The False Messiah and the Heretic Rabbi – Sabbatai Zevi and Jonathan Eibeschuetz

“I Came This Day to the Spring”–A Book to Shock and Amaze

The Hebrew Kabbalistic text called I Came This Day to the Spring (Va-avo ha-yom el ha-Ayin) created a scandal among the Jewish communities of Central Europe when it surfaced, in manuscript, in 1725.  It was obviously linked to the cult of Sabbatai Zevi, the would-be Messiah who drove the Jewish world wild with excitement in 1665 and converted to Islam the following year.

Rabbi Jonathan Eibeschuetz (1695-1764). From the "Olive Seedlings" website, via Wikimedia Commons.
Rabbi Jonathan Eibeschuetz (1695-1764). From the “Olive Seedlings” website, via Wikimedia Commons.

Yet it was something more, which its earliest readers found baffling and horrifying, alien to all their categories.  “After reading two or three paragraphs the hair of my flesh stood up,” said one.  “Nothing like this was ever seen or known from any heretic or disbeliever of this world.”  Said another:  “This book is that of a complete heretic … who uproots and destroys the very fundaments of the Jewish faith. … I did not find such heresy even among all the religions of the Gentiles that ever existed.”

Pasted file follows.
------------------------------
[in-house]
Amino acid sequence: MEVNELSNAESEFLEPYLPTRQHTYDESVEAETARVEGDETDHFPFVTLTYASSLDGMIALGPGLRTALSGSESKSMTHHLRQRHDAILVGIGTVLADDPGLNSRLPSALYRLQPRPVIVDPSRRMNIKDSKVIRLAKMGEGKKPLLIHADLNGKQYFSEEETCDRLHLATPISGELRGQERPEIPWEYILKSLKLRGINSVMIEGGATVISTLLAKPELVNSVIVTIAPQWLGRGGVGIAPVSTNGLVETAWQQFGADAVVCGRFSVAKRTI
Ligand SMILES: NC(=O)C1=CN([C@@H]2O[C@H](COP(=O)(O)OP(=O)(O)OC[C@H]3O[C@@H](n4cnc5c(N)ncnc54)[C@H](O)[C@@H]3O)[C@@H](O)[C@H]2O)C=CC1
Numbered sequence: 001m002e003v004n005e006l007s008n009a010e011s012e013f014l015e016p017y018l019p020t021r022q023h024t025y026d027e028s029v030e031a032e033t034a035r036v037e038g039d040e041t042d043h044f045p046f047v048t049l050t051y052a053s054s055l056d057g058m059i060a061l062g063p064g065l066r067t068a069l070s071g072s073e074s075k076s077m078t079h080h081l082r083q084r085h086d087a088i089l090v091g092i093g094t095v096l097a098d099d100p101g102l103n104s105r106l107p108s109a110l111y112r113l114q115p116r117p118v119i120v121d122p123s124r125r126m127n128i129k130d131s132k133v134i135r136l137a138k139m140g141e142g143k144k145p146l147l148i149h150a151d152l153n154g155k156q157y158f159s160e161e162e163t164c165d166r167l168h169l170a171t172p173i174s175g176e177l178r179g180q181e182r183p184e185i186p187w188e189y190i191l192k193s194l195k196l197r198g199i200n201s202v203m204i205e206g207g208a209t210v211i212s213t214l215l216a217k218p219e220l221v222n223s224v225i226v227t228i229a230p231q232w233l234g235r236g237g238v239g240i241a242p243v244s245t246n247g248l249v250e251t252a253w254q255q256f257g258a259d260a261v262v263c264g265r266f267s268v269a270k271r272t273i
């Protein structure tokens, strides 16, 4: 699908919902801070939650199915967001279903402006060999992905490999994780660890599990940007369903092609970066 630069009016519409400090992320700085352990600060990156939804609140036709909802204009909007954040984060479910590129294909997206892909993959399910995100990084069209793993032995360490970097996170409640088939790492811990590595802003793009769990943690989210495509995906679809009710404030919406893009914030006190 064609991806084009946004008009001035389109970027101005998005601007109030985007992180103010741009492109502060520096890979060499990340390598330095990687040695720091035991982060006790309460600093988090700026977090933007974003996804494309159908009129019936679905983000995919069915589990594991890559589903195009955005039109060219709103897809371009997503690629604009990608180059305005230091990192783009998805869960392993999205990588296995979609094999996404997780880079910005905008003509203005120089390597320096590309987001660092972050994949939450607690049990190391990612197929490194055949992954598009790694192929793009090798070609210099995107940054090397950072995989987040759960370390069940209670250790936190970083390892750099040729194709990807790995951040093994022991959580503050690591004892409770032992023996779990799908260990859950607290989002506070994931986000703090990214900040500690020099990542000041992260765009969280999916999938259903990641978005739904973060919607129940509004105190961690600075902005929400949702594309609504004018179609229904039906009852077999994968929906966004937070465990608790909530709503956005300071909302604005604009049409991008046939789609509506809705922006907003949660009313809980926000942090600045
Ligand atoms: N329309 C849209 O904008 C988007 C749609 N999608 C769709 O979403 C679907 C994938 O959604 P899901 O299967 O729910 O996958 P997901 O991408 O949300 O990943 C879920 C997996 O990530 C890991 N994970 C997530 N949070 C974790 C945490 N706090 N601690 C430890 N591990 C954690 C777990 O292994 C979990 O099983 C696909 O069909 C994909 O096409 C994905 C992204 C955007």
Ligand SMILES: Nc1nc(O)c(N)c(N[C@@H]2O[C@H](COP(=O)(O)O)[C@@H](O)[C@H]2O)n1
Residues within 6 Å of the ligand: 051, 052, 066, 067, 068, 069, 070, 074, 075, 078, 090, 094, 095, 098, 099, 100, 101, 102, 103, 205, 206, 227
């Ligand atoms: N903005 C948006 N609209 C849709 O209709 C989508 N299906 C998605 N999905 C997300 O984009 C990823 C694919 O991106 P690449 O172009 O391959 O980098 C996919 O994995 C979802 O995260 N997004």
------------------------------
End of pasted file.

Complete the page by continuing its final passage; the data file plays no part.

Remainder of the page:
The author was almost certainly the young Prague rabbi Jonathan Eibeschuetz (1695-1764), soon to become one of the most distinguished preachers and rabbinic authorities of his time.  He wrote his book as a charter for the world religion of the future, rooted in Kabbalistic Judaism but unlike any religion ever known.

The tenets of this faith-to-be-born included the brotherhood of all humanity, equal sharers in  God’s love.  They included gender equality, as mirrored in the relations between the male and female aspects of Divinity, and the acceptance of homosexual love as a legitimate form of eroticism.  All of this was conveyed in I Came This Day with an unabashed sexual frankness, rooted in traditional Kabbalistic eroticism but carried to unheard-of extremes, which has led even some modern scholars to label the book as pornographic.

No wonder 18th-century readers felt their hair stand on end as they turned its pages.

The book remained buried in manuscript until 2014, when the Hebrew text was published by Dr. Pawel Maciejko of the Hebrew University of Jerusalem.  It’s never been translated into any language–until now.

I’m working on an English translation of I Came This Day, to be published by the distinguished theological publishing house of Wipf and Stock.  This website is devoted to telling you about this amazing book and the challenges of translating it–and to bringing you news of its progress toward publication.

So let’s get started